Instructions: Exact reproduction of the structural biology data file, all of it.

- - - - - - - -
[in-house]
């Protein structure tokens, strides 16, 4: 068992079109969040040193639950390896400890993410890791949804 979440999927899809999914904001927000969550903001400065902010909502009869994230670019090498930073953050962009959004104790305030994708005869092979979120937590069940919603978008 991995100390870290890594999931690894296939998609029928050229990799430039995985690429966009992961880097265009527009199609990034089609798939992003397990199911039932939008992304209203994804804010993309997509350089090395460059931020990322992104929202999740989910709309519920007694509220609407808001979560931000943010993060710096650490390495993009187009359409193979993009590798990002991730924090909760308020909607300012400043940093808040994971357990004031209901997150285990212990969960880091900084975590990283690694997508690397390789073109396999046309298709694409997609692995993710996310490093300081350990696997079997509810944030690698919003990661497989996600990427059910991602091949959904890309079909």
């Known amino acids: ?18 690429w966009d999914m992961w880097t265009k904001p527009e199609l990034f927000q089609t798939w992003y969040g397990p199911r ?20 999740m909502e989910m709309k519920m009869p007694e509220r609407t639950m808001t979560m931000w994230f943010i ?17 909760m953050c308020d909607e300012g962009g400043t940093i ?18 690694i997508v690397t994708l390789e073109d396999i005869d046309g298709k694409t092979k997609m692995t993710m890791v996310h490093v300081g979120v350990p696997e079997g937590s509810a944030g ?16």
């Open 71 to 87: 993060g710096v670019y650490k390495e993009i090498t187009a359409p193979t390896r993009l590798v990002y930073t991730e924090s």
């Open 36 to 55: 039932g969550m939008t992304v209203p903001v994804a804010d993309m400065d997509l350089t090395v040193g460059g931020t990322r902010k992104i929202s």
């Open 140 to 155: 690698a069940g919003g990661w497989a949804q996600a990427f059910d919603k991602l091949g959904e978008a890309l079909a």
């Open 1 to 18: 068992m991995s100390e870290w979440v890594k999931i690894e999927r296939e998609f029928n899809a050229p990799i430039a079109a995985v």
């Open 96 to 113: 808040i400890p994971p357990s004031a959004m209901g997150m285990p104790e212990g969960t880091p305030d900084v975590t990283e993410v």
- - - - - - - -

[in-house]
């Protein structure tokens, strides 16, 4: 068992079109969040040193639950390896400890993410890791949804 979440999927899809999914904001927000969550903001400065902010909502009869994230670019090498930073953050962009959004104790305030994708005869092979979120937590069940919603978008 991995100390870290890594999931690894296939998609029928050229990799430039995985690429966009992961880097265009527009199609990034089609798939992003397990199911039932939008992304209203994804804010993309997509350089090395460059931020990322992104929202999740989910709309519920007694509220609407808001979560931000943010993060710096650490390495993009187009359409193979993009590798990002991730924090909760308020909607300012400043940093808040994971357990004031209901997150285990212990969960880091900084975590990283690694997508690397390789073109396999046309298709694409997609692995993710996310490093300081350990696997079997509810944030690698919003990661497989996600990427059910991602091949959904890309079909």
């Known amino acids: ?18 690429w966009d999914m992961w880097t265009k904001p527009e199609l990034f927000q089609t798939w992003y969040g397990p199911r ?20 999740m909502e989910m709309k519920m009869p007694e509220r609407t639950m808001t979560m931000w994230f943010i ?17 909760m953050c308020d909607e300012g962009g400043t940093i ?18 690694i997508v690397t994708l390789e073109d396999i005869d046309g298709k694409t092979k997609m692995t993710m890791v996310h490093v300081g979120v350990p696997e079997g937590s509810a944030g ?16």
């Open 71 to 87: 993060g710096v670019y650490k390495e993009i090498t187009a359409p193979t390896r993009l590798v990002y930073t991730e924090s």
């Open 36 to 55: 039932g969550m939008t992304v209203p903001v994804a804010d993309m400065d997509l350089t090395v040193g460059g931020t990322r902010k992104i929202s």
């Open 140 to 155: 690698a069940g919003g990661w497989a949804q996600a990427f059910d919603k991602l091949g959904e978008a890309l079909a």
């Open 1 to 18: 068992m991995s100390e870290w979440v890594k999931i690894e999927r296939e998609f029928n899809a050229p990799i430039a079109a995985v």
């Open 96 to 113: 808040i400890p994971p357990s004031a959004m209901g997150m285990p104790e212990g969960t880091p305030d900084v975590t990283e993410v």